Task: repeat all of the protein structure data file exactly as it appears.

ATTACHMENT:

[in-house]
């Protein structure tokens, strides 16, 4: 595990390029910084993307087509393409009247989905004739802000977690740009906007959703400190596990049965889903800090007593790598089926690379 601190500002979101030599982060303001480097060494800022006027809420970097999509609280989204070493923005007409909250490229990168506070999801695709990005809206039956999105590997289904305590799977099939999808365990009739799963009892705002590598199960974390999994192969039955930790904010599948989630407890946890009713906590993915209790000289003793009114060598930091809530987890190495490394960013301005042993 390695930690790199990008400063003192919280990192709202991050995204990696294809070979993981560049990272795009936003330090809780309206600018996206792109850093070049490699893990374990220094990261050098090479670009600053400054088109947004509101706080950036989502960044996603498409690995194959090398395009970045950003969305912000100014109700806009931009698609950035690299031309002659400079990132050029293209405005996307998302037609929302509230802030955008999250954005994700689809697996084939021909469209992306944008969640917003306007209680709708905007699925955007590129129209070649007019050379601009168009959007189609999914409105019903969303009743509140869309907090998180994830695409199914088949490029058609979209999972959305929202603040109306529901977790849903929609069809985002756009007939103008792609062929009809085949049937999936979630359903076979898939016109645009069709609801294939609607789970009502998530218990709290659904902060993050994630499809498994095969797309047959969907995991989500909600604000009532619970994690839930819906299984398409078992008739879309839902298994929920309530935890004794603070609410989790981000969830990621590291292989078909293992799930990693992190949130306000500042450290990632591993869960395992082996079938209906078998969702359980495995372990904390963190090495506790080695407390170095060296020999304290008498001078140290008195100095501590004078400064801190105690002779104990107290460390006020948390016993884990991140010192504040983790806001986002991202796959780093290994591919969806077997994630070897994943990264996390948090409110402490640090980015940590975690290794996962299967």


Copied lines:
[in-house]
């Protein structure tokens, strides 16, 4: 595990390029910084993307087509393409009247989905004739802000977690740009906007959703400190596990049965889903800090007593790598089926690379 601190500002979101030599982060303001480097060494800022006027809420970097999509609280989204070493923005007409909250490229990168506070999801695709990005809206039956999105590997289904305590799977099939999808365990009739799963009892705002590598199960974390999994192969039955930790904010599948989630407890946890009713906590993915209790000289003793009114060598930091809530987890190495490394960013301005042993 390695930690790199990008400063003192919280990192709202991050995204990696294809070979993981560049990272795009936003330090809780309206600018996206792109850093070049490699893990374990220094990261050098090479670009600053400054088109947004509101706080950036989502960044996603498409690995194959090398395009970045950003969305912000100014109700806009931009698609950035690299031309002659400079990132050029293209405005996307998302037609929302509230802030955008999250954005994700689809697996084939021909469209992306944008969640917003306007209680709708905007699925955007590129129209070649007019050379601009168009959007189609999914409105019903969303009743509140869309907090998180994830695409199914088949490029058609979209999972959305929202603040109306529901977790849903929609069809985002756009007939103008792609062929009809085949049937999936979630359903076979898939016109645009069709609801294939609607789970009502998530218990709290659904902060993050994630499809498994095969797309047959969907995991989500909600604000009532619970994690839930819906299984398409078992008739879309839902298994929920309530935890004794603070609410989790981000969830990621590291292989078909293992799930990693992190949130306000500042450290990632591993869960395992082996079938209906078998969702359980495995372990904390963190090495506790080695407390170095060296020999304290008498001078140290008195100095501590004078400064801190105690002779104990107290460390006020948390016993884990991140010192504040983790806001986002991202796959780093290994591919969806077997994630070897994943990264996390948090409110402490640090980015940590975690290794996962299967």